Popular articles

• My Week as a Vegan
• Healing Power of Creativity
• Life as a Herbivore
• Fracking the Country
• The Ethics of Cosmetics
• Yoga Nidra: Sweet Dreams
• Spice up your Raw
• Parvati Valley

Bookmark and Share

Popular articles

Fermentation Fever...
A Yoga Retreat full of Heart
My Week as a Vegan
Healing Power of Creativity
Life as a Herbivore
Fracking the Country
The Ethics of Cosmetics
Parvati Valley

Eco articles

Life as a Herbivore
Fracking the Country
• Free Flow: The plastic
bottle industry
Off Gridder – Nick Rosen

Nutrition articles

Fermentation Fever...
Spice up your Raw
Life as a Herbivore
Easy Steps to Summer Skin
Inspired Recipes

Travel articles

Maravilhas: Portugal
Eco Communities

Spirituality articles

Parvati Valley
To Think or Not to Think?
Road to Peace - Leon

Inspiring People &
Project articles

Dan Glass: Social Activist
Jane Goodall: Primatologist
Nick Rosen: Off Gridder

Other articles

The Plight of our Feathery
Healing Power of Creativity
• Top to Toe

Road to Peace

First-time Director, Leon Stuperich, answers some questions about his recent release, Road to Peace. Leon was granted unprecedented access to the Dalai Lama during a visit to the UK, and thus a very insightful documentary into his life and work was born.LeonandDalaiLama

Q. How did it materialise that you could have access to the Dalai Lama for this film?

A. Road to Peace is the first film I have directed. We were speaking with the Dalai Lama’s representatives in London about another film and what emerged was an invitation for me to put in a proposal to document the Dalai Lama’s visit to the UK in the following year. Of course I jumped at the chance and quickly knew that what I wanted to portray was the nature of Dalai Lama, and his message that inspires hundreds of millions of people around the world.

Q. When did this happen?

A. Filming began in 2008 with the wonderful support of the Tibet Society in London. It took a further four years of editing, finding archive material etc, to finish the film. The real task was to ensure the film captured the true spirit of the man himself; the human side of the Dalai Lama. Not just the political side that is so often represented in the media, but the humanitarian and spiritual leader that attracts crowds of thousands of people to hear him speak. We are delighted with the final result and to see so many people deeply moved from watching the film.

Q. Tell us a little about the journey from filming to completion.

A. When making a film about a person, the only way to truly tell the message is to understand it on a deep, personal level. So making a film about the Dalai Lama was a fascinating and deeply profound process. Not only to honour his message of Peace, Compassion and Universal Love, but also to represent the Dalai Lama in his true light. The film was screened dozens of times with test audiences and this was a crucial part of the creative process. It is the only way to know if the film is connecting with the heart of an audience. The film is an experience rather than just a movie. When we hold screenings we like to emphasise this with Buddhist chanting, live music and dialogue.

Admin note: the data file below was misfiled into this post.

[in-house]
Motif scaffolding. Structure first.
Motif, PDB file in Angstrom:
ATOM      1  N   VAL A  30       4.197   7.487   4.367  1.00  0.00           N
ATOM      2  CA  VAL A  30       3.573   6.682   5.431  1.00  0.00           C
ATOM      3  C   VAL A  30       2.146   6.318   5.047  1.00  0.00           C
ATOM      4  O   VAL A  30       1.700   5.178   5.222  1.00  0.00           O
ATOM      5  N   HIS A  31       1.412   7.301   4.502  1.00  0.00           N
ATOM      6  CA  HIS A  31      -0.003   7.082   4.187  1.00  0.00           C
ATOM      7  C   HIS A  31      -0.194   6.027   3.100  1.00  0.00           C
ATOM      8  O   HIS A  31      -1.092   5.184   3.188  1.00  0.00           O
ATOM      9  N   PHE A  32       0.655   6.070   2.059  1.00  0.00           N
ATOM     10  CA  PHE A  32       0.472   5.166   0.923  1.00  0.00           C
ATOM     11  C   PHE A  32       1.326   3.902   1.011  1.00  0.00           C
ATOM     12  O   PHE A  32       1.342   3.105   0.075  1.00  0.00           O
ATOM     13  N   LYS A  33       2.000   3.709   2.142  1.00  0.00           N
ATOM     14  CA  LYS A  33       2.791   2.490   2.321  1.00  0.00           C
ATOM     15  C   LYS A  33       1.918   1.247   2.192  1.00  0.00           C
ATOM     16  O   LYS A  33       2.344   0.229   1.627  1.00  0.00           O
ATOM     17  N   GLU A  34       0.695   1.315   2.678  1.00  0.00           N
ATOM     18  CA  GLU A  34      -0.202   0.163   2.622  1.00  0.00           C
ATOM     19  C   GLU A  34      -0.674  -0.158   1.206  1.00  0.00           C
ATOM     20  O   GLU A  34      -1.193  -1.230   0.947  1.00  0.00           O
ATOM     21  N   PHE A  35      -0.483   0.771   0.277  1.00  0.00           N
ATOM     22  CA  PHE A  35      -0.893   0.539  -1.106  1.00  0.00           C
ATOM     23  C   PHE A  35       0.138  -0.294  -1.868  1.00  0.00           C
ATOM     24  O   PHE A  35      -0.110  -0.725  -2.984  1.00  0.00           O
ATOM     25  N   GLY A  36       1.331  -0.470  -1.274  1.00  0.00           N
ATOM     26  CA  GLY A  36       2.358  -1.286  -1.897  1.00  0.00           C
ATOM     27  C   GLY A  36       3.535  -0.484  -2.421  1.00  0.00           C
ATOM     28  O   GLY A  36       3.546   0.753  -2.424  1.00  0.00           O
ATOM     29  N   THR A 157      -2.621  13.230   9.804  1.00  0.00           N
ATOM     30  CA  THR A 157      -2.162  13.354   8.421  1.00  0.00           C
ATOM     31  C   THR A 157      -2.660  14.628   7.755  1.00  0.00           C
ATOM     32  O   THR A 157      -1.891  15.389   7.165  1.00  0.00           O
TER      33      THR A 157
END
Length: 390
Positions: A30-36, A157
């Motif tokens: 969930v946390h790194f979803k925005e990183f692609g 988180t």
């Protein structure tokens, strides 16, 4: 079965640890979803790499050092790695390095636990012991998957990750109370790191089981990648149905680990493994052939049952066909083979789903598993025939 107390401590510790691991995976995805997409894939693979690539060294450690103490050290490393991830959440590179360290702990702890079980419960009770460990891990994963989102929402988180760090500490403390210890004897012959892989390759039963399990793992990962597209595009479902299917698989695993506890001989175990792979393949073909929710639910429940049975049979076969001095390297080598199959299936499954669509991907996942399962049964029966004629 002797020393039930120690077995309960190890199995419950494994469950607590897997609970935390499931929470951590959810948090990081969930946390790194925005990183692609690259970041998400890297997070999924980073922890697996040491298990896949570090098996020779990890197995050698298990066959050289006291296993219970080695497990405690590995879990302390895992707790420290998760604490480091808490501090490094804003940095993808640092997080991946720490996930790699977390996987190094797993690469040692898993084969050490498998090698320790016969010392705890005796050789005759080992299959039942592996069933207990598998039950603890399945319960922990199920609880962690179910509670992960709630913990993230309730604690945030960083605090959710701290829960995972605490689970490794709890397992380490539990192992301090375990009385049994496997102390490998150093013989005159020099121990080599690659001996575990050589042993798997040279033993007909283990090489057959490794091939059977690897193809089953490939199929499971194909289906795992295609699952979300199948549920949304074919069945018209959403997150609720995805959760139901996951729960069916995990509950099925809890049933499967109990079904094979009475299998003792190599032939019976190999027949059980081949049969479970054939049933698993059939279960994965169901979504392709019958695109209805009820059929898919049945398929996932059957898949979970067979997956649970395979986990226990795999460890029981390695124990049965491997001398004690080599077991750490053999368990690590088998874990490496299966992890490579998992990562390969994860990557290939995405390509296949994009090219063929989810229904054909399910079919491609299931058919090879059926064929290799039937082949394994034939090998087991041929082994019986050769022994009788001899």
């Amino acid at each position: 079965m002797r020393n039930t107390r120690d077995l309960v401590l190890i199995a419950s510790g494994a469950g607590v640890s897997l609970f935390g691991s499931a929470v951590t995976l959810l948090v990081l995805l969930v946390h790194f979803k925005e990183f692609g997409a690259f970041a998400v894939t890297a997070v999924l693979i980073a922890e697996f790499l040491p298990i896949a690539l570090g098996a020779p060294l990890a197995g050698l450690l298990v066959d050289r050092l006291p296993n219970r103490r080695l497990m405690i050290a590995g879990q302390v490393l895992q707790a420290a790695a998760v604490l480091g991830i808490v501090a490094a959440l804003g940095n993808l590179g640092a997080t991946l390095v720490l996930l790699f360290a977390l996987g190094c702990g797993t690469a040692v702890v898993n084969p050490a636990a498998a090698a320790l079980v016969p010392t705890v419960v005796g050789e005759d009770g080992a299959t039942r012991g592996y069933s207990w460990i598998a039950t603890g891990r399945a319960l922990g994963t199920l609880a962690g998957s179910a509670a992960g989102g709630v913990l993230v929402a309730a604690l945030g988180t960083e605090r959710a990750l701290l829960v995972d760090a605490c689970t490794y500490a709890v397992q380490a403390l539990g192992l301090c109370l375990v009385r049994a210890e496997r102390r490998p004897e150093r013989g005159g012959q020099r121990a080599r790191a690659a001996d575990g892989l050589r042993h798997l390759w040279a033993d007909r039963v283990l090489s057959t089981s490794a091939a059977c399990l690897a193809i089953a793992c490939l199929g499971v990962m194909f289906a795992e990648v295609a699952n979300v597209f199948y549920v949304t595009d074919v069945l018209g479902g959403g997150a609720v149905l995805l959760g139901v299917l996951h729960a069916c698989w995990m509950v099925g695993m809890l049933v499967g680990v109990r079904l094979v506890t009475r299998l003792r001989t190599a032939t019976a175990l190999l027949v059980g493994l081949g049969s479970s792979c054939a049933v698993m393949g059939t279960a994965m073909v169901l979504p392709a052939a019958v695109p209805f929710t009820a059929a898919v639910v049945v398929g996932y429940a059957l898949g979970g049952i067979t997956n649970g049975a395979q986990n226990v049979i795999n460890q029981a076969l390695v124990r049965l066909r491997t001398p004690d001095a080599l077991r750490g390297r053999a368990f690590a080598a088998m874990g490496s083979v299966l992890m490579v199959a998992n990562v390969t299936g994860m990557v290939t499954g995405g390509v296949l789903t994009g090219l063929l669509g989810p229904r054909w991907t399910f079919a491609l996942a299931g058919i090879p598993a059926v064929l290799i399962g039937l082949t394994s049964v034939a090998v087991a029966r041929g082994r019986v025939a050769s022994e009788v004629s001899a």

Q. What struck you most about the Dalai Lama whilst in his presence?

A. We were very lucky to have incredible intimate behind-the-scenes access to the Dalai Lama. The most remarkable thing to notice is how humble he is, whilst at the same time extremely self-confident. When he meets people, regardless of their status, he greats everybody in the same manner. Whether it’s the Prime Minister or someone in a crowd on the street. But when he talks to you he pays you full attention, and for those few moments it feels as if there is nobody else but you and him. His gentle but powerful warmth and kindness exudes from him and he really does seem to mean what he says when he describes himself as a ‘simple Buddhist Monk’.

Q. How did the experience impact you personally?

A. Every time I watch the film I understand a little bit more about RTPPosterApril2013the Dalai Lama and his message. The remarkable thing is that it’s not so much about his words, but the way he is in himself – it’s how he is with the people he meets that is the most inspiring. So, he sets an example of how we can be more peaceful and compassionate in our lives, and he embodies the message he shares. I have absorbed a lot of the wisdom that he shared with us, and many of his sayings have become mantras for my own life. For me, the real impact comes from learning to be – to behave, in a more compassionate way.

Q. What do you feel is the message of this film?

A. Change starts within. Not just personal change, but if we want to change the world for the better then we must change ourselves first. As Gandhi famously said, “be the change you wish to see in the world”. If you become more peaceful, then the world has already changed. But what we DO, is the most important factor. The Dalai Lama’s message is a call to action, to get up and solve the problems we face in the world. So education is just as important as developing inner values.

Q. How can our readers get to watch Road to Peace?

A. We are currently doing the rounds at the film festivals, recently winning the Audience Award for Best Feature Documentary at the Albuquerque Film and Media Experience (AFME) in New Mexico. We are also hosting screening events around the country and you can buy the DVD from our website.

For more information and to watch the trailer, visit: www.roadtopeacefilm.com

uploaded 13/01/14

Download PDF of Article